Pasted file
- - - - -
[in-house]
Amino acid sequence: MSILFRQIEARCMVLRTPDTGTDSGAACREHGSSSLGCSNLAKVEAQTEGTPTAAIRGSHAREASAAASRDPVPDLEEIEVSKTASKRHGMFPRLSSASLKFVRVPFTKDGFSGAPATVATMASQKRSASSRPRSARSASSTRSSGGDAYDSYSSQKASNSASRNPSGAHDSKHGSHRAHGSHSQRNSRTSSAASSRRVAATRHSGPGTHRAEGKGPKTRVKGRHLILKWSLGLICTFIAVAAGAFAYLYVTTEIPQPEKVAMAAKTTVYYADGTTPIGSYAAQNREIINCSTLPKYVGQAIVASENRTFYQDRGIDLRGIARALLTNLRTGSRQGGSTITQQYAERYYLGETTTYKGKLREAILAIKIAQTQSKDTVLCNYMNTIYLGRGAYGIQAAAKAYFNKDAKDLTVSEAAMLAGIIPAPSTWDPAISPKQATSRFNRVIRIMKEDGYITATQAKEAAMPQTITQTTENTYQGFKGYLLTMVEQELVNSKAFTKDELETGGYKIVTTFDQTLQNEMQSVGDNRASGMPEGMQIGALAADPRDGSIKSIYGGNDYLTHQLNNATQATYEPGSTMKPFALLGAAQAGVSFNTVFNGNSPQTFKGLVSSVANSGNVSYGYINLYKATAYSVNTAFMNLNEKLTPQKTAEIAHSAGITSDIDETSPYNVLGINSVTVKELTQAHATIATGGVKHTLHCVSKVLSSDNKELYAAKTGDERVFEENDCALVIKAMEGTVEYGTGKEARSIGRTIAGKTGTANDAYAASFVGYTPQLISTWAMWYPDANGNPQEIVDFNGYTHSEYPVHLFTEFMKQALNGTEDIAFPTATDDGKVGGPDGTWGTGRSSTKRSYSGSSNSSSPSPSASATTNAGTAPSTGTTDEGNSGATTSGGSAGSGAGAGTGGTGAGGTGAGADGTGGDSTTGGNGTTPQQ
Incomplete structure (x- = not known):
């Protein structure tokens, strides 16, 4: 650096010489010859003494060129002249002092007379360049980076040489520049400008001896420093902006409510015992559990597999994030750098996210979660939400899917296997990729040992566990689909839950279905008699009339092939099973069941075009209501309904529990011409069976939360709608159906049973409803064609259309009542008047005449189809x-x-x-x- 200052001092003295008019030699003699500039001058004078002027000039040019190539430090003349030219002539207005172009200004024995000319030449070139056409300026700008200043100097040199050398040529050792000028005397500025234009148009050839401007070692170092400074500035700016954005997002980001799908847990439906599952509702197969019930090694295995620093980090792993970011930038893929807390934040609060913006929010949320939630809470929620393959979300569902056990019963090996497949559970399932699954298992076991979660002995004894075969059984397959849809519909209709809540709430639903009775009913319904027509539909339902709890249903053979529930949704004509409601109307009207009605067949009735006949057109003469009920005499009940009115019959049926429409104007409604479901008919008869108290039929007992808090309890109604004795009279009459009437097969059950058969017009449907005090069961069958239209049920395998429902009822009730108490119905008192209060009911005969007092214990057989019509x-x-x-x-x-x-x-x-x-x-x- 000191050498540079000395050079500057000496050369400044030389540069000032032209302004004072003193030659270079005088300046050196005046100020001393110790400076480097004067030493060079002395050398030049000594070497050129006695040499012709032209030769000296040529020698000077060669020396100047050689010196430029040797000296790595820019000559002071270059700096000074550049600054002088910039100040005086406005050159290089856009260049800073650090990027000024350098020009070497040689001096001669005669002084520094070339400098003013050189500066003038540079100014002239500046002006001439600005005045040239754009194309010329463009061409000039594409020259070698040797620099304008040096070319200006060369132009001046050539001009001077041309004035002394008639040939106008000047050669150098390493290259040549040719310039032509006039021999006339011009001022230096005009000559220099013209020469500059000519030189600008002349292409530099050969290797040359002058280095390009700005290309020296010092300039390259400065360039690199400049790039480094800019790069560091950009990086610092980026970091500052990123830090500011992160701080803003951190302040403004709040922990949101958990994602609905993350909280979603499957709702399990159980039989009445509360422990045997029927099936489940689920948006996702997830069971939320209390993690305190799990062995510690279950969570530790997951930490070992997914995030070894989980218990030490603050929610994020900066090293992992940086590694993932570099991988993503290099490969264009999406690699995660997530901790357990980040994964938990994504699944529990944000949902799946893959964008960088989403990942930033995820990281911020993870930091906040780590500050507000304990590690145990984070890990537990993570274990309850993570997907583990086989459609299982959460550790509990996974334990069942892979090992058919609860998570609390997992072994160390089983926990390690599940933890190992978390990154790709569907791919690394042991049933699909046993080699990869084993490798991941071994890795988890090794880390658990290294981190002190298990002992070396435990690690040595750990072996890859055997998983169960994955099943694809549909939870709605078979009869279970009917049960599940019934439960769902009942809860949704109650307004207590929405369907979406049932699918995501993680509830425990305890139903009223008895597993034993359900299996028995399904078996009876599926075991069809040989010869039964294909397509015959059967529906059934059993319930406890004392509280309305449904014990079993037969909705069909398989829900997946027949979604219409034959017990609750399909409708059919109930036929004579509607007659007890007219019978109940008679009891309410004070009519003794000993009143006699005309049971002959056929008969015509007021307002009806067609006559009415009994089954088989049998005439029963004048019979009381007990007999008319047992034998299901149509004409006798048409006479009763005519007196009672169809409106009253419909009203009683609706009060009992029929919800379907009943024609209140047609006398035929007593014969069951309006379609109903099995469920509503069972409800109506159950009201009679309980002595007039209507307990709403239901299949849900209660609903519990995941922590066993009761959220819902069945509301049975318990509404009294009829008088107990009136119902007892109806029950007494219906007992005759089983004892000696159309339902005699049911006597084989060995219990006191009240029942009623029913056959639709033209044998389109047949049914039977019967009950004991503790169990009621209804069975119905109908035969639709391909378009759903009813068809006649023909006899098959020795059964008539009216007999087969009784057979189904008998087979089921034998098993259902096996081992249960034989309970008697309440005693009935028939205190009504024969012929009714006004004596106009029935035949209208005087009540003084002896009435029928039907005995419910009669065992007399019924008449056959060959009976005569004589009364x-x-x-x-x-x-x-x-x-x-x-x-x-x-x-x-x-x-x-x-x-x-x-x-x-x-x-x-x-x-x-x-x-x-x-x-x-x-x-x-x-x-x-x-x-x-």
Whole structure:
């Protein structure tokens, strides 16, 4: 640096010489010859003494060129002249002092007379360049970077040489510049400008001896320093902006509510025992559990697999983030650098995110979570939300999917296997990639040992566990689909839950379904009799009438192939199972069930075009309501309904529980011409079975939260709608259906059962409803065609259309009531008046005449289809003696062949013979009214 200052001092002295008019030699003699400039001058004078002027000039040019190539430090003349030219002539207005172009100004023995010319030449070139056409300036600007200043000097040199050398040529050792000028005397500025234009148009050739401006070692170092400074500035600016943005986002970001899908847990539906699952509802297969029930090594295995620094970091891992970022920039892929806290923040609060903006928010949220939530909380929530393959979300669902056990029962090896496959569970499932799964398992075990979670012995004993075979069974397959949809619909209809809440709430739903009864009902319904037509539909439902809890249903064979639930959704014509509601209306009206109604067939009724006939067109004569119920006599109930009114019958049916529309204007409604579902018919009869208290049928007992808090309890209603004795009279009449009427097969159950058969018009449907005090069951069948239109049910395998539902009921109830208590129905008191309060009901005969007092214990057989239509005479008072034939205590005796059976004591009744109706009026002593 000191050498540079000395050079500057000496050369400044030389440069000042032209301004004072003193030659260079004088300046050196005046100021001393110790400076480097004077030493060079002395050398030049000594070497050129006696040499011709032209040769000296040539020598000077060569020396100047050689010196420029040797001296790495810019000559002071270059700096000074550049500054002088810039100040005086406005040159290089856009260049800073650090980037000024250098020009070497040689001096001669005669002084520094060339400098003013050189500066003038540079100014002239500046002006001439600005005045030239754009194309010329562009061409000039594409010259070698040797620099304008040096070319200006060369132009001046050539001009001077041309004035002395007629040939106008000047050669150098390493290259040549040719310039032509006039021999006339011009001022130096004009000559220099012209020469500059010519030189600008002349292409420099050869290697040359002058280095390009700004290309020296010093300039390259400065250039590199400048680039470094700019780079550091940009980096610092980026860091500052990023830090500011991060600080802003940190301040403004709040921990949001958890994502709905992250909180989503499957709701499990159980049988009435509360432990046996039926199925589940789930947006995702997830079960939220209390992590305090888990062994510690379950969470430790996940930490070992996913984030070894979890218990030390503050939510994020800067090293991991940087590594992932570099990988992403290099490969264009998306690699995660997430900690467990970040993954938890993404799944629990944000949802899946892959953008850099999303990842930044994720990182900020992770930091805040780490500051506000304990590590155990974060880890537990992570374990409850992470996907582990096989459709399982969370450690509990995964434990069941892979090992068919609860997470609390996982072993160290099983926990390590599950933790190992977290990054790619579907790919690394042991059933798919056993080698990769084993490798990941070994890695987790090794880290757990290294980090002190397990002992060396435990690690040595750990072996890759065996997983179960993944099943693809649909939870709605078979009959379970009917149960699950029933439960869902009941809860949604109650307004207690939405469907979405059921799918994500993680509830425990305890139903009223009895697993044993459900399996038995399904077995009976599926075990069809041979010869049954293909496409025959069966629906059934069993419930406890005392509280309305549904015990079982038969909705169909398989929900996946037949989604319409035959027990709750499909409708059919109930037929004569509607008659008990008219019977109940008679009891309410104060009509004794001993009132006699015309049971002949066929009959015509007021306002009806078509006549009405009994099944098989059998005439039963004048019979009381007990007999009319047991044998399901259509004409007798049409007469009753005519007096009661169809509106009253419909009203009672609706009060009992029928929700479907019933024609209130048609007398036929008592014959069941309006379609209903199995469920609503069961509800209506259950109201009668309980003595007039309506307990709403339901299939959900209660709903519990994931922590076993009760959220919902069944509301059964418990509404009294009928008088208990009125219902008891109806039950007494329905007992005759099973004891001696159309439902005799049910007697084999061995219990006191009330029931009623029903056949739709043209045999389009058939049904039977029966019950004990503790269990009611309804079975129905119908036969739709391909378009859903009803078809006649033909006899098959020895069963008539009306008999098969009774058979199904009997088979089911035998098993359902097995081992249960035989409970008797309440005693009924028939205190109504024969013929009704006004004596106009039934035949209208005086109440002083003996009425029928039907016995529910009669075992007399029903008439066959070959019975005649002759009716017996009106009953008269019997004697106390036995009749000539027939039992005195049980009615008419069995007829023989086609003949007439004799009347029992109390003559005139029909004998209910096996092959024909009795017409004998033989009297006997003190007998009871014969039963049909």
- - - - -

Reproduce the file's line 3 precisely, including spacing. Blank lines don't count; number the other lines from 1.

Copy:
Incomplete structure (x- = not known):